Facebook will launch its new Paper product on February 3. The questions I have been asked are, "Why?" and "Should we be thinking about multiple apps rather than one large app?" Both good questions.
The first question -- I can only take a shot. Facebook, like many other media properties, depends heavily on advertising for revenue. To get advertising, you need eyeballs. More and more minutes per day are spent on mobile phones. Consumption of news, information, and media generally tops the list behind communication. Consumers also expect highly curated experiences on small screens that can be more challenging to navigate. At first glance, the Paper user interface and experience looks to be quite elegant.
It always makes me smile to see a product or app launched that takes a mobile first-approach. From the short video that was released, you can instantly tell that they didn't start with a web experience and think, "How can we strip this down and put it on a small screen?" They appeared to have done ethonographic research -- to watch and observe how people engage with their phones and consume information through the course of the day (e.g., the unfolding of the newspaper). This is one of the best practices in mobile design -- understand the needs of consumers on the go. Companies must ask, "What are those moments during the day when someone reaches for the phone to access information or a service?" Forrester calls them mobile moments. Companies must be ready to serve customers in those moments.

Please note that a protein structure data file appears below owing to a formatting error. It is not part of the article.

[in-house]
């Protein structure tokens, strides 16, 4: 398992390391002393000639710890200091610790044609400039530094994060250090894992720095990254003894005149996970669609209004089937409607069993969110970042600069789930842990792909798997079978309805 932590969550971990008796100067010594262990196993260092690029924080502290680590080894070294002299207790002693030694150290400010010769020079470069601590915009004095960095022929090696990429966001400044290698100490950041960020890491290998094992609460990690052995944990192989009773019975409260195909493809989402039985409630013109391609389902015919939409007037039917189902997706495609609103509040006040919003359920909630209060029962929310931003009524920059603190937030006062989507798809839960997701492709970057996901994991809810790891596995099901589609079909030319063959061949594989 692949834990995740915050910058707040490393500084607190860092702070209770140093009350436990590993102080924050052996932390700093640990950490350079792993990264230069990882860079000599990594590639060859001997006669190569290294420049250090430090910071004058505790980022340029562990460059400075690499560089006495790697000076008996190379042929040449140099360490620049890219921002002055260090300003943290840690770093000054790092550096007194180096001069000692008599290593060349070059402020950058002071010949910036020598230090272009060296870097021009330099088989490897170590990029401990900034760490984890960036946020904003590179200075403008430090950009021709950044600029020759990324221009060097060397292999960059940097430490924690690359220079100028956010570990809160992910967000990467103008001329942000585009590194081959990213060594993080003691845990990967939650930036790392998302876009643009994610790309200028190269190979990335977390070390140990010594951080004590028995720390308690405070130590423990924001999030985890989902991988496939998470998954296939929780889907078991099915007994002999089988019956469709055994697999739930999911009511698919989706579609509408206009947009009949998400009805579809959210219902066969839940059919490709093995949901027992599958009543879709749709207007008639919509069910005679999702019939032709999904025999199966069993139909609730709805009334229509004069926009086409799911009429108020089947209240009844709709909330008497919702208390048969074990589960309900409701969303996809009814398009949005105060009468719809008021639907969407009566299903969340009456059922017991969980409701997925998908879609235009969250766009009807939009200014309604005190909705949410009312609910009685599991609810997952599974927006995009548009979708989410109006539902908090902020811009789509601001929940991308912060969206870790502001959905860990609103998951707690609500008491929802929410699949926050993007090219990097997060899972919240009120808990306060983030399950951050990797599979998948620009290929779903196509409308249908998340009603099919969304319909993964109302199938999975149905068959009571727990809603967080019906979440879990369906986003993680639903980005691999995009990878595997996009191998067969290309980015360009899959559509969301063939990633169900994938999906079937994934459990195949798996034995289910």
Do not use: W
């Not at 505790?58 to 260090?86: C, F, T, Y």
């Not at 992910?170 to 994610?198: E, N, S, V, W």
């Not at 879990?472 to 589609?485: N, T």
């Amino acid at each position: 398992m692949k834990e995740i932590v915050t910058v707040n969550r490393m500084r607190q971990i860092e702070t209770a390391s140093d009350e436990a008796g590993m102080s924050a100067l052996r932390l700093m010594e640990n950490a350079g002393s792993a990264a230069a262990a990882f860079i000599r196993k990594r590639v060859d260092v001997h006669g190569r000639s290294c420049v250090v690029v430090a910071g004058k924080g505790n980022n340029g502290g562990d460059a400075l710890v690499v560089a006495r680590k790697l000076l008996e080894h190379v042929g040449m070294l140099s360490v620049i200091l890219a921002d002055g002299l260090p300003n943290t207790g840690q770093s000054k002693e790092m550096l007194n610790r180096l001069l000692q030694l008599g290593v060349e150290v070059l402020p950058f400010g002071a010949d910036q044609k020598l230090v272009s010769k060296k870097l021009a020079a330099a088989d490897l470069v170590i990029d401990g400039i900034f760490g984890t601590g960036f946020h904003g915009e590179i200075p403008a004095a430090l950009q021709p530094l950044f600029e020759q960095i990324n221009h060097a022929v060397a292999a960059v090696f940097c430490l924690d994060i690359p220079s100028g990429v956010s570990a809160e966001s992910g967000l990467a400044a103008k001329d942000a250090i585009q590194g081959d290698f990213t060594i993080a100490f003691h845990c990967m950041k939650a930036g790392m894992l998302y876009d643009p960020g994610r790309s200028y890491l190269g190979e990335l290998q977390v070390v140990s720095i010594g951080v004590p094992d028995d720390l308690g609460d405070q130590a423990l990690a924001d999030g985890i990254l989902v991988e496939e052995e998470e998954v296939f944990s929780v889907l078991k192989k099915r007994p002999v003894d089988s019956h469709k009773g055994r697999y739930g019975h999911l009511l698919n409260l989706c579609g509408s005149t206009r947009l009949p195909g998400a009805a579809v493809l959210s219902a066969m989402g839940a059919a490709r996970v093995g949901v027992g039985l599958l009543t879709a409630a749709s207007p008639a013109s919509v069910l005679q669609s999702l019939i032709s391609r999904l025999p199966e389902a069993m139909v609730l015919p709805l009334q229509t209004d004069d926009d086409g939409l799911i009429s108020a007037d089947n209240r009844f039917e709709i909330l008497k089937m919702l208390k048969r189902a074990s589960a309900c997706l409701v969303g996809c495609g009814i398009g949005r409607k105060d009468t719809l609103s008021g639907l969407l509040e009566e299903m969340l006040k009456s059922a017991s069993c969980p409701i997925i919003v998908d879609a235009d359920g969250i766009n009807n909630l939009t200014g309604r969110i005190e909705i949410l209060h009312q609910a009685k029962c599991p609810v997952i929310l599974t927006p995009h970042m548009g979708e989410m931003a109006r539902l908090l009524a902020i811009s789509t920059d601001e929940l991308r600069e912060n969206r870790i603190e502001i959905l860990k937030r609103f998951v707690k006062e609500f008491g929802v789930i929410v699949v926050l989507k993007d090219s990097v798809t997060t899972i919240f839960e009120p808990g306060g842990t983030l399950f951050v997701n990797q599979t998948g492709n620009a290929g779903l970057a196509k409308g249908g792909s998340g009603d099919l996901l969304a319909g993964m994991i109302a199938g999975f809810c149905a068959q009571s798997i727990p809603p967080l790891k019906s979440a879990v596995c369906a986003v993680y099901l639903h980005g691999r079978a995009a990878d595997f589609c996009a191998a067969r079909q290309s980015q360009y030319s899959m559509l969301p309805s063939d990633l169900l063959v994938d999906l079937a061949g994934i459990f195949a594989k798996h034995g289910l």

My colleague Thomas Husson (Marketing Leadership) and I teamed up again to identify the most impactful and new mobile trends for 2014. (See the full report here.)
You might ask, "how does one decide what are going to be the big trends?" Good question. For me, there are several points of input. In 2013, I had the opportunity to interview close to 200 companies in the course of doing research for Forrester's next book, The Mobile Mind Shift, as well as for my own research. I spoke to some of the best and brightest enterprises (e.g., retailers, hotels), technology companies (e.g., sensors), and vendors in the United States, Europe, China, Australia, India, Japan, Korea, Canada, and beyond. I had the opportunity to do field research in China and Korea - to walk the streets, visit stores, observe consumers and interview executives about one of the most exciting mobile markets in the world. More than 40 of the interviews were in the exciting space of mobile health and wellness. Thomas and I surveyed several hundred mobile executives. I also collaborated with Thomas who has incredible breadth and depth of knowledge of Europe.